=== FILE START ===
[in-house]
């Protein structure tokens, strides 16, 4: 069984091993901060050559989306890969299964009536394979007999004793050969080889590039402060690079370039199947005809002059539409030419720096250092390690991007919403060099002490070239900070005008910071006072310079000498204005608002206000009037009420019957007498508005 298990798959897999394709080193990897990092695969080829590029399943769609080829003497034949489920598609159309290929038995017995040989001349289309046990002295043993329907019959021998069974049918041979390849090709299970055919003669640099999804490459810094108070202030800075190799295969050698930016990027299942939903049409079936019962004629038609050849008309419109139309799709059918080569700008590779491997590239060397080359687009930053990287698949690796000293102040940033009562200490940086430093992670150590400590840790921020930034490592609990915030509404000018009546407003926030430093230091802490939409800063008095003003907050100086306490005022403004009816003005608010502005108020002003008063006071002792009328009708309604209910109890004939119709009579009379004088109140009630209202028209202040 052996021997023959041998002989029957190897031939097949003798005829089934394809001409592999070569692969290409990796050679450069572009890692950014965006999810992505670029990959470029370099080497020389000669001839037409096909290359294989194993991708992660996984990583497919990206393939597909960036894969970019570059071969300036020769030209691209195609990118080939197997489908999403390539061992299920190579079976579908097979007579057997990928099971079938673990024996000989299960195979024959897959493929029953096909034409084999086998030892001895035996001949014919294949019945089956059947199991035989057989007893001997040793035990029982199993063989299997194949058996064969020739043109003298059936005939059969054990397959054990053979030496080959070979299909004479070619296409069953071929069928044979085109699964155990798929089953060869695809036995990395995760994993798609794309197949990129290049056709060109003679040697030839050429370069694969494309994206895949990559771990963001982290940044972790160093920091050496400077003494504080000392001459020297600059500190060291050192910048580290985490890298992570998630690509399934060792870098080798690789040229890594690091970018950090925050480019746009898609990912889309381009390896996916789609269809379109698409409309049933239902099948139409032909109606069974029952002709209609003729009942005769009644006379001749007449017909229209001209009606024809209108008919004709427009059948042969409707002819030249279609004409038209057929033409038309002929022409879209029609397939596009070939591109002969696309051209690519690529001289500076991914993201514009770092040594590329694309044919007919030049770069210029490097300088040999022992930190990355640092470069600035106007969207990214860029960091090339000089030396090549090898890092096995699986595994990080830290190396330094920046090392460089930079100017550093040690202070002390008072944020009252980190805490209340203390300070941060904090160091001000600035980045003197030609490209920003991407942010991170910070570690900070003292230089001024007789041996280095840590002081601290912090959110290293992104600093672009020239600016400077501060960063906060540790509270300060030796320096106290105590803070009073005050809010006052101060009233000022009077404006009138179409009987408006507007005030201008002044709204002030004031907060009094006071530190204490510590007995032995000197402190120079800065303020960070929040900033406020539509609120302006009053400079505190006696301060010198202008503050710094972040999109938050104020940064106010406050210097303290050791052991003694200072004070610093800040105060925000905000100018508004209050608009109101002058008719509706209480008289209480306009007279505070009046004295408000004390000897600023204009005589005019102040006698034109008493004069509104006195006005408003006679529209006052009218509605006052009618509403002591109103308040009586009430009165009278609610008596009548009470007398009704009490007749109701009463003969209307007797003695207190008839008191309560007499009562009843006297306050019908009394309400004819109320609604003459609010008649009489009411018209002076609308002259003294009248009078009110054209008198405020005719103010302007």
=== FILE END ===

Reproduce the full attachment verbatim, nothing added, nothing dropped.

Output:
[in-house]
């Protein structure tokens, strides 16, 4: 069984091993901060050559989306890969299964009536394979007999004793050969080889590039402060690079370039199947005809002059539409030419720096250092390690991007919403060099002490070239900070005008910071006072310079000498204005608002206000009037009420019957007498508005 298990798959897999394709080193990897990092695969080829590029399943769609080829003497034949489920598609159309290929038995017995040989001349289309046990002295043993329907019959021998069974049918041979390849090709299970055919003669640099999804490459810094108070202030800075190799295969050698930016990027299942939903049409079936019962004629038609050849008309419109139309799709059918080569700008590779491997590239060397080359687009930053990287698949690796000293102040940033009562200490940086430093992670150590400590840790921020930034490592609990915030509404000018009546407003926030430093230091802490939409800063008095003003907050100086306490005022403004009816003005608010502005108020002003008063006071002792009328009708309604209910109890004939119709009579009379004088109140009630209202028209202040 052996021997023959041998002989029957190897031939097949003798005829089934394809001409592999070569692969290409990796050679450069572009890692950014965006999810992505670029990959470029370099080497020389000669001839037409096909290359294989194993991708992660996984990583497919990206393939597909960036894969970019570059071969300036020769030209691209195609990118080939197997489908999403390539061992299920190579079976579908097979007579057997990928099971079938673990024996000989299960195979024959897959493929029953096909034409084999086998030892001895035996001949014919294949019945089956059947199991035989057989007893001997040793035990029982199993063989299997194949058996064969020739043109003298059936005939059969054990397959054990053979030496080959070979299909004479070619296409069953071929069928044979085109699964155990798929089953060869695809036995990395995760994993798609794309197949990129290049056709060109003679040697030839050429370069694969494309994206895949990559771990963001982290940044972790160093920091050496400077003494504080000392001459020297600059500190060291050192910048580290985490890298992570998630690509399934060792870098080798690789040229890594690091970018950090925050480019746009898609990912889309381009390896996916789609269809379109698409409309049933239902099948139409032909109606069974029952002709209609003729009942005769009644006379001749007449017909229209001209009606024809209108008919004709427009059948042969409707002819030249279609004409038209057929033409038309002929022409879209029609397939596009070939591109002969696309051209690519690529001289500076991914993201514009770092040594590329694309044919007919030049770069210029490097300088040999022992930190990355640092470069600035106007969207990214860029960091090339000089030396090549090898890092096995699986595994990080830290190396330094920046090392460089930079100017550093040690202070002390008072944020009252980190805490209340203390300070941060904090160091001000600035980045003197030609490209920003991407942010991170910070570690900070003292230089001024007789041996280095840590002081601290912090959110290293992104600093672009020239600016400077501060960063906060540790509270300060030796320096106290105590803070009073005050809010006052101060009233000022009077404006009138179409009987408006507007005030201008002044709204002030004031907060009094006071530190204490510590007995032995000197402190120079800065303020960070929040900033406020539509609120302006009053400079505190006696301060010198202008503050710094972040999109938050104020940064106010406050210097303290050791052991003694200072004070610093800040105060925000905000100018508004209050608009109101002058008719509706209480008289209480306009007279505070009046004295408000004390000897600023204009005589005019102040006698034109008493004069509104006195006005408003006679529209006052009218509605006052009618509403002591109103308040009586009430009165009278609610008596009548009470007398009704009490007749109701009463003969209307007797003695207190008839008191309560007499009562009843006297306050019908009394309400004819109320609604003459609010008649009489009411018209002076609308002259003294009248009078009110054209008198405020005719103010302007």